Tumor cells that disseminate from the primary tumor and survive the vascular system can eventually extravasate across the endothelium to metastasize at a secondary site. In this study, we developed a microfluidic system to mimic tumor cell extravasation where cancer cells can transmigrate across an endothelial monolayer into a hydrogel that models the extracellular space. The experimental protocol is optimized to ensure the formation of an intact endothelium prior to the introduction of tumor cells and also to observe tumor cell extravasation by having a suitable tumor seeding density. Extravasation is observed for 38.8% of the tumor cells in contact with the endothelium within 1 day after their introduction. Permeability of the EC monolayer as measured by the diffusion of fluorescently-labeled dextran across the monolayer increased 3.8 fold 24 hours after introducing tumor cells, suggesting that the presence of tumor cells increases endothelial permeability. The percent of tumor cells extravasated remained nearly constant from1 to 3 days after tumor seeding, indicating extravasation in our system generally occurs within the first 24 hours of tumor cell contact with the endothelium.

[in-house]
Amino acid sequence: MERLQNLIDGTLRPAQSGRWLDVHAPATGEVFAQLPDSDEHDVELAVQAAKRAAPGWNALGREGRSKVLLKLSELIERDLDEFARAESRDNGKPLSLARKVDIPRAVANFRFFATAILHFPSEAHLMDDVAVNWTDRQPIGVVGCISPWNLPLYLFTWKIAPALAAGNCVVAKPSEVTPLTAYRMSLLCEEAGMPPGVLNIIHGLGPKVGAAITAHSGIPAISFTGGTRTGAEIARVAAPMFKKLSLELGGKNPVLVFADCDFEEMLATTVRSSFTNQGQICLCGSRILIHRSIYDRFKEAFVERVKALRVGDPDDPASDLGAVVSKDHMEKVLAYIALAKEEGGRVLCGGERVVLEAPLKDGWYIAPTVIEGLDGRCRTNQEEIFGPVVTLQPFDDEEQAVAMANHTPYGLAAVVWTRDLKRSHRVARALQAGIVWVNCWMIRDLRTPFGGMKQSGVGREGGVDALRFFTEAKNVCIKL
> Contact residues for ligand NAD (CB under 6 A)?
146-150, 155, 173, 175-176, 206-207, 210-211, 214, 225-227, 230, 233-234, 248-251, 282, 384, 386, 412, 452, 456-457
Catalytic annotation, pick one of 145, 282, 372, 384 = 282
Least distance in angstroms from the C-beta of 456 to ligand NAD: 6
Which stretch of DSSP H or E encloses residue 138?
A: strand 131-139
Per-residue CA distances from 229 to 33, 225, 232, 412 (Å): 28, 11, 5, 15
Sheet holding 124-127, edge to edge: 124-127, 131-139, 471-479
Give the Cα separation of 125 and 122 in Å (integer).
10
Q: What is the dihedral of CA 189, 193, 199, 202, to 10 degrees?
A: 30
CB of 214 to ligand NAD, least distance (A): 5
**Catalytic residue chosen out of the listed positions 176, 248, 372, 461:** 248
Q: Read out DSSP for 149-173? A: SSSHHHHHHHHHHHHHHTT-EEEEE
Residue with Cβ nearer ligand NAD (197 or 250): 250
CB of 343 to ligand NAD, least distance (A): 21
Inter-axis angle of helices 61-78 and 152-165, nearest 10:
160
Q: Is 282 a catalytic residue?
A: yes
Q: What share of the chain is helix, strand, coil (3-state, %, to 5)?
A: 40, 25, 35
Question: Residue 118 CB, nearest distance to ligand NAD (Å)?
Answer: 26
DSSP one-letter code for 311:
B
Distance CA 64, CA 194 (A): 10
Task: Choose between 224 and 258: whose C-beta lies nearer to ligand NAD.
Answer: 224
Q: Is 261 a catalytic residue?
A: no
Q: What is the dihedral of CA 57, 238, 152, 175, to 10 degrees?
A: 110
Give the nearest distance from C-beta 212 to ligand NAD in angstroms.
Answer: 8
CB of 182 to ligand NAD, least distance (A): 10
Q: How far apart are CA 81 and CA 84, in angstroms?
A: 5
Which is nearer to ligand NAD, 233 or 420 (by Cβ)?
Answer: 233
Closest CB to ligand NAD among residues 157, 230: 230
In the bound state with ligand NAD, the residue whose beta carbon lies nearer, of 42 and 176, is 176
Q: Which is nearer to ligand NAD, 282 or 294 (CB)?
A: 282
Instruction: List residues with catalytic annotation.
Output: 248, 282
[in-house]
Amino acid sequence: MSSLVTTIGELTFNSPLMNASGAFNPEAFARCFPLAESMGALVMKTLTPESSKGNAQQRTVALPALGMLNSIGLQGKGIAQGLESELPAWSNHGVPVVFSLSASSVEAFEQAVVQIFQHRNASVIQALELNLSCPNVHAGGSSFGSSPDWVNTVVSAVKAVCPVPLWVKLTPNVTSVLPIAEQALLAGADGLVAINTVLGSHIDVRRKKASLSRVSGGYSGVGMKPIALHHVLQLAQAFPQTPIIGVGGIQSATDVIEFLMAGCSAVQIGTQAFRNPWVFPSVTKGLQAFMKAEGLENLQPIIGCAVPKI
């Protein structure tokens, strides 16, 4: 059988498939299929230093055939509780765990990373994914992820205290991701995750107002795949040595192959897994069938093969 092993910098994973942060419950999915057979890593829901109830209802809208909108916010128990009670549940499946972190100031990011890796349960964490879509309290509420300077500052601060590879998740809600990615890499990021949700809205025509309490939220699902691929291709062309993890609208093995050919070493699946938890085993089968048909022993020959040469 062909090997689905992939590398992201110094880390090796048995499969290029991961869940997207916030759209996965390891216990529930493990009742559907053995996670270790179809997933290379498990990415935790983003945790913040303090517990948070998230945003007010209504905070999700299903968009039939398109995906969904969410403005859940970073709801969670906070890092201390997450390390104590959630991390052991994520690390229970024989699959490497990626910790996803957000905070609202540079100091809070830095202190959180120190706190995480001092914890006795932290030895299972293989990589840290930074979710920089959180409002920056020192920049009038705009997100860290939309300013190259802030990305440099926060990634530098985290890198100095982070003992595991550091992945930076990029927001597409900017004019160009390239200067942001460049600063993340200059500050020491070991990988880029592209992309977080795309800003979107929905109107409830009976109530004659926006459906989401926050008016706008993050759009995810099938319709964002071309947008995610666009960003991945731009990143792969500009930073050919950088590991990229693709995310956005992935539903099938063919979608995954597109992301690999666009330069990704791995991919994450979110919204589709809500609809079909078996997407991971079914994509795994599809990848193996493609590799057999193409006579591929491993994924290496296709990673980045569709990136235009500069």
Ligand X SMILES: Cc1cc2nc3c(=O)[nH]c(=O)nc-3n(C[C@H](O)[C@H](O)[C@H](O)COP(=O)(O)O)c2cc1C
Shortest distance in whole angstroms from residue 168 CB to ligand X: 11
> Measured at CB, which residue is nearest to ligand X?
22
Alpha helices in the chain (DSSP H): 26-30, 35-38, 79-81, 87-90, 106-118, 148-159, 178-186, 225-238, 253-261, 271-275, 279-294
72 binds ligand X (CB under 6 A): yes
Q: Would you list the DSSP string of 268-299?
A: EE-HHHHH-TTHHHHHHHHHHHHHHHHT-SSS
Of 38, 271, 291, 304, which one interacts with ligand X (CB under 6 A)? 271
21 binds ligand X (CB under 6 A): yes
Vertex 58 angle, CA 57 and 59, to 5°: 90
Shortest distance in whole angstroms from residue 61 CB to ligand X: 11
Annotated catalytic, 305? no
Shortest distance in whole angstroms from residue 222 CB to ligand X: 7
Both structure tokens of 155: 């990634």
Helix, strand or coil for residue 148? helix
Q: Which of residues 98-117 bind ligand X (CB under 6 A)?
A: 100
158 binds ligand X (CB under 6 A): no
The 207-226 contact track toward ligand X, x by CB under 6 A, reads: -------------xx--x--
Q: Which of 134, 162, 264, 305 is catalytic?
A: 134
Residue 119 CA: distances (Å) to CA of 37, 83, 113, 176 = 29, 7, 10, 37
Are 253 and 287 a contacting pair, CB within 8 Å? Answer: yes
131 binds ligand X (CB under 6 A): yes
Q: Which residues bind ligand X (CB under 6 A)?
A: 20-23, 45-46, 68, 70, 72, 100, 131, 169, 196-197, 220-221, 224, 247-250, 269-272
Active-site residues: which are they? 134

Source: In vitro model of tumor cell extravasation. Jeon JS, Zervantonakis IK, Chung S, Kamm RD, Charest JL (firstname.lastname@example.org). PLoS One. 2013;8(2):e56910.
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